unless ye first make yourselves, that made us so, less the First, when a City shall be as it were besieged and blocked lovers, less the founders of our true liberty. We can grow about, her navigable river infested, inroads and incursions ignorant again, brutish, formal, and slavish, as ye found us; round, defiance and battle oft rumoured to be marching up but you then must first become that which ye cannot be, even to her walls, and suburb trenches, that then the people, oppressive, arbitrary, and tyrannous, as they were from or the greater part, more than at other times, wholly taken up whom ye have freed us. That our hearts are now moro with the study of highest and most important matters to be capacious, our thoughts more erected to the search and reformed, should be disputing, reasoning, reading, inventing, expectation of greatest and exactest things, is the issue of discoursing, even to a rarity, and admiration, things not before your own virtue propagated in us; ye cannot suppress that discoursed or written of, argues first a singular goodwill, unless ye reinforce an abrogated and merciless law, that contentedness and confidence in your prudent foresight, and fathers may despatch at will their own children. And who safe government, Lords and Commons; and from thenco shall then stick closest to ye, and excite others ? not he who derives itself to a gallant bravery and well grounded contempt takes up arms for coat and conduct, and his four nobles of of their enemies, as if there were no small number of as great Danegelt. Although I dispraise not the defence of just spirits among us, as his was, who when Rome was nigh immunities, yet love my peace better, if that were all. Give besieged by Hannibal, being in the city, bought that piece of me the liberty to know, to utter, and to argue freely according ground at no cheap rate, whereon Hannibal himself encamped to conscience, above all liberties. his own regiment. Next it is a lively and cheerful presage 5 What would be best advised then, if it be found so hurtful of our happy success and victory. For as in a body, when the and so unequal to suppress opinions for the newness, or the blood is fresh, the spirits pure and vigorous, not only to vital, unsuitableness to a customary acceptance, will not be my task but to rational faculties, and those in the acutest, and the to say; I only shall repeat what I have learned from one of pertest operations of wit and subtlety, it argues in what good your own honourable number, a right noble and pious lord, plight and constitution the body is, so when the cheerfulness of who had he not sacrificed his life and fortunes to the Church the people is so sprightly up, as that it has, not only wherewith and Commonwealth, we had not now inissed and bewailed a to guard well its own freedom and safety, but to spare, and to worthy and undoubted patron of this argument. Ye know bestow upon the solidest and sublimest points of controversy, him I am sure; yet I for honour's sake, and may it be and new invention, it betokens us not degenerated, nor droop- eternal to him, shall name him, the Lord Brook. He writing ing to a fatal decay, but casting off the old and wrinkled skin of Episcopacy, and by the way treating of sects and schisms, of corruption to outlive these pangs and wax young again, left ye his vote, or rather now the last words of his dying entering the glorious ways of Truth and prosperous virfue charge, which I know will ever be of dear and honoured destined to become great and honourable in these latter ages. regard with ye, so full of meekness and breathing charity, Methinks I see in my mind a noble and puissant nation that next to His last testament, who bequeathed love and rousing herself like a strong man after sleep, and shaking peace to His disciples, I cannot call to mind where I have her invincible locks: Methinks I see her as an eagle mewing * read or heard ords more mild and peaceful. He there her mighty youth, and kindling her undazzled eyes at the full exhorts us to hear with patience and humility those, howerer midday beam; purging and unscaling her long-abused sight they be miscalled, that desire to live purely, in such a use of at the fountain itself of heavenly radiance; while the whole God's ordinances, as the best guidance of their conscience noise of timorous and flocking birds, with those also that love gives them, and to tolerate them, though in some disconthe twilight, flutter about, amazed at what she means, and in formity to ourselves. The book itself will tell us more at their envious gabble would prognosticate a year of sects and schisms. What should ye do then, should ye suppress all this flowery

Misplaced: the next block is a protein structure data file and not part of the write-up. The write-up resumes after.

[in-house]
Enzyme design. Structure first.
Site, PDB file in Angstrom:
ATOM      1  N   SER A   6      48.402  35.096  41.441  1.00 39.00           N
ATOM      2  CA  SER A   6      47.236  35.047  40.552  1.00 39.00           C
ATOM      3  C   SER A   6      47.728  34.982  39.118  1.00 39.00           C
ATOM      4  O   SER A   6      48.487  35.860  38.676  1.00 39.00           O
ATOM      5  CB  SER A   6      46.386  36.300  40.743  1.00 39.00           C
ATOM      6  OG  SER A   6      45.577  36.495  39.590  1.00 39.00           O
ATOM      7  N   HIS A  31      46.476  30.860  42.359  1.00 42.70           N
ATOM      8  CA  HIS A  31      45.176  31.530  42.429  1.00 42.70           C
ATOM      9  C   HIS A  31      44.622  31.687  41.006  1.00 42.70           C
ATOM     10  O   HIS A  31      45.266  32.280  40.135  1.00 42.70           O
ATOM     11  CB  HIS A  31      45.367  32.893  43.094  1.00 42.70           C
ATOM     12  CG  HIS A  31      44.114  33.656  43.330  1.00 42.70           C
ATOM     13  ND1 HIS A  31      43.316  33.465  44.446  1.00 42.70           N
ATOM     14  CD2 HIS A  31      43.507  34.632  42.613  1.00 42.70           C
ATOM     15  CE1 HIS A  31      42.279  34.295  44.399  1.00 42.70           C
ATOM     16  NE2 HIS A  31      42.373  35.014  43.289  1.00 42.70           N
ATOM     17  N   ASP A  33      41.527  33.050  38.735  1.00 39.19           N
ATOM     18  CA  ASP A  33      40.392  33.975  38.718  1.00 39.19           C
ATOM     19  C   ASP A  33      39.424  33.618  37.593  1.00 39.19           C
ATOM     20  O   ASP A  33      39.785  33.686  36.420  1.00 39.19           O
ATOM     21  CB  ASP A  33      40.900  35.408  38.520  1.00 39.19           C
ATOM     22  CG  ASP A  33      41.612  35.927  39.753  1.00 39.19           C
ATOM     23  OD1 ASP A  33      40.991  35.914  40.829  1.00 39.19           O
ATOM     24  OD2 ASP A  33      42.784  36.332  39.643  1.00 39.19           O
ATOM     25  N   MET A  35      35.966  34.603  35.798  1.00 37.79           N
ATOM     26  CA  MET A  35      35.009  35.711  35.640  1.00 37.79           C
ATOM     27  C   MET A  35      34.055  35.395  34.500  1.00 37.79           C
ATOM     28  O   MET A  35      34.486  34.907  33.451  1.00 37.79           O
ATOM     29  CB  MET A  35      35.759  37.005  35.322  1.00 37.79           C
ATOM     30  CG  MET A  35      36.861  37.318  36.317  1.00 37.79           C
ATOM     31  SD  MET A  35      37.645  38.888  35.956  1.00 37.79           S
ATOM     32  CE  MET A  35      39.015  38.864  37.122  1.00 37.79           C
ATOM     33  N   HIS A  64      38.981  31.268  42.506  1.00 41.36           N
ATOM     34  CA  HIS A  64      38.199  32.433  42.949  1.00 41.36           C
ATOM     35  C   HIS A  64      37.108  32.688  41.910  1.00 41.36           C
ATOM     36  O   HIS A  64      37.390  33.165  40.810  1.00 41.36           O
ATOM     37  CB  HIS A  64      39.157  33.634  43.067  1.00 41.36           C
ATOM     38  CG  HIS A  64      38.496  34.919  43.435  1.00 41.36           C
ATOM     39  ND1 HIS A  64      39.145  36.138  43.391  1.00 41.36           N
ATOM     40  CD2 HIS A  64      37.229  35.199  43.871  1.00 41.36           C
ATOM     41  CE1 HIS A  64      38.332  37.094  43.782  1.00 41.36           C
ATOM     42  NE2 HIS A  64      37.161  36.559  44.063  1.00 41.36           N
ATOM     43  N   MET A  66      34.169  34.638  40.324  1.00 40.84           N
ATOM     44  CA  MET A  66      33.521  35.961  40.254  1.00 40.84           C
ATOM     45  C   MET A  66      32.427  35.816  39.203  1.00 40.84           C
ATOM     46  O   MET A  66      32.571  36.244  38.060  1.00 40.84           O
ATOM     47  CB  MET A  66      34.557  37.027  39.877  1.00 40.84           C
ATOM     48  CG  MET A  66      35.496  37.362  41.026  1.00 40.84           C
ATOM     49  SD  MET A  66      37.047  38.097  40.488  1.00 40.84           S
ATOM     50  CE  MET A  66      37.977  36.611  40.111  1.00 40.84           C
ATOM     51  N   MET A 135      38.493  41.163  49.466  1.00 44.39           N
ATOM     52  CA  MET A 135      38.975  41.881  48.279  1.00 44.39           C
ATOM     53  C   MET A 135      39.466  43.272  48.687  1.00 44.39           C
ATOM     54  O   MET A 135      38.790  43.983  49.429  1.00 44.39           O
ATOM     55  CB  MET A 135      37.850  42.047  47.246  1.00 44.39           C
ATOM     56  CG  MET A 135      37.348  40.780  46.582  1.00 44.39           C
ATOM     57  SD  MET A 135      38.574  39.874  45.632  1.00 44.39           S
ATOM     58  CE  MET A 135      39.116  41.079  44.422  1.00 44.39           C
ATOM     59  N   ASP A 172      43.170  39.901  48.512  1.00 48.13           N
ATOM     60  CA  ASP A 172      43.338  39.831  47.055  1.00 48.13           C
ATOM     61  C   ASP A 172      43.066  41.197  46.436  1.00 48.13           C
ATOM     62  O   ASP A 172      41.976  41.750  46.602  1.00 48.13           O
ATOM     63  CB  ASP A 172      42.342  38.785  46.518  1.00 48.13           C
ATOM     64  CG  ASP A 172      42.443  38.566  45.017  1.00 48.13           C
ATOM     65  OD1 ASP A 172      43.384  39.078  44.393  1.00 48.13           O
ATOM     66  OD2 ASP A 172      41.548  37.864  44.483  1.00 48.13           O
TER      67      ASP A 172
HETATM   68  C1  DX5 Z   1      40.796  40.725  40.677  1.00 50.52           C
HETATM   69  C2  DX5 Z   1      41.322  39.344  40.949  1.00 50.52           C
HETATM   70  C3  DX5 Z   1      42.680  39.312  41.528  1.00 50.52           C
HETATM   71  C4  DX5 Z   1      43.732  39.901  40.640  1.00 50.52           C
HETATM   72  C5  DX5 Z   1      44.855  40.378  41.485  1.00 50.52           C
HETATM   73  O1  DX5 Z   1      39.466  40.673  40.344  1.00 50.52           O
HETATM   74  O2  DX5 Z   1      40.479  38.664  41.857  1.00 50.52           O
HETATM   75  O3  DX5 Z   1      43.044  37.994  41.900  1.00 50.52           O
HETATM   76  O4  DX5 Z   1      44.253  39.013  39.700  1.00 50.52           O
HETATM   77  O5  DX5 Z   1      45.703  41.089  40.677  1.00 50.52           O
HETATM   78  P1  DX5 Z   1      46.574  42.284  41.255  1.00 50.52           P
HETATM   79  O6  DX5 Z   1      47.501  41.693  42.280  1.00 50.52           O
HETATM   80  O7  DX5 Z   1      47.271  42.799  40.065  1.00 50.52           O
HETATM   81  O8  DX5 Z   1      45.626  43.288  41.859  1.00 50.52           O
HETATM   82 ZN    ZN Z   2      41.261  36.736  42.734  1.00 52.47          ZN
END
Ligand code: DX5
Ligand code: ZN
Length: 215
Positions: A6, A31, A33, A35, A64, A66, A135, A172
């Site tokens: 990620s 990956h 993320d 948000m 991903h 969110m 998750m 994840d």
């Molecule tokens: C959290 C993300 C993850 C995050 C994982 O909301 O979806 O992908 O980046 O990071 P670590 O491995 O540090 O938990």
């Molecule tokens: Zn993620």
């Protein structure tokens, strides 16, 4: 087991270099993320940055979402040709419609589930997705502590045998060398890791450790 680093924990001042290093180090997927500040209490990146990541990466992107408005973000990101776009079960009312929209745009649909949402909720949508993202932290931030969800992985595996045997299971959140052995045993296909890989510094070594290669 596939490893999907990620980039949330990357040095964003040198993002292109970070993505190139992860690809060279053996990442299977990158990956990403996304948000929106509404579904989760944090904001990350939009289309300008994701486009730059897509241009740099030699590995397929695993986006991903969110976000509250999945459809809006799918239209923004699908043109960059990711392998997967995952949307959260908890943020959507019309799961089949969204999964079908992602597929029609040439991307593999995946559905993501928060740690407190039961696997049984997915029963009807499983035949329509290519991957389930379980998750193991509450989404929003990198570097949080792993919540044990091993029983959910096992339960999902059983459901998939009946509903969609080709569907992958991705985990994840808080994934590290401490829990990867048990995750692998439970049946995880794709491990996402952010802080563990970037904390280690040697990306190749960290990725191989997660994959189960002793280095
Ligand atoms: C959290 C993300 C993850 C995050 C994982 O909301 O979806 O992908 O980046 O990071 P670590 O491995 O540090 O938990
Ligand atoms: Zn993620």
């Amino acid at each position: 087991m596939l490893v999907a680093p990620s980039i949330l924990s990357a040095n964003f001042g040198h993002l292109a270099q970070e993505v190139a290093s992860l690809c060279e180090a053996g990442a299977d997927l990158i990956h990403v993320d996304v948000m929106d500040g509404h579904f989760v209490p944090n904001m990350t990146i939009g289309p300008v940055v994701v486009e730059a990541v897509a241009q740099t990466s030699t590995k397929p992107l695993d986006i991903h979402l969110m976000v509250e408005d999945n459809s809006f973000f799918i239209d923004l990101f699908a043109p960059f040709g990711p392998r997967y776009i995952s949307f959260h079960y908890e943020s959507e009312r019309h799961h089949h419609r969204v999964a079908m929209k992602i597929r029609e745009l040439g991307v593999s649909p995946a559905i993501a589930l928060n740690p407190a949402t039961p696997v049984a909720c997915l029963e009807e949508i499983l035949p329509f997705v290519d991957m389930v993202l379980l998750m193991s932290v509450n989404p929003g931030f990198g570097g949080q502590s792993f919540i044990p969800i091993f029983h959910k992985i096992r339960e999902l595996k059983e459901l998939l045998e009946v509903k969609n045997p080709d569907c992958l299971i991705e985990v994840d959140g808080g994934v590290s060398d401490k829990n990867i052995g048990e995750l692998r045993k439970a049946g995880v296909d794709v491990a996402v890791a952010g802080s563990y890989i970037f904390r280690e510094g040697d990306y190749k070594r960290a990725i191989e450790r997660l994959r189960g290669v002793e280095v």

5 The Proof is now ended, and the Peroration here begins.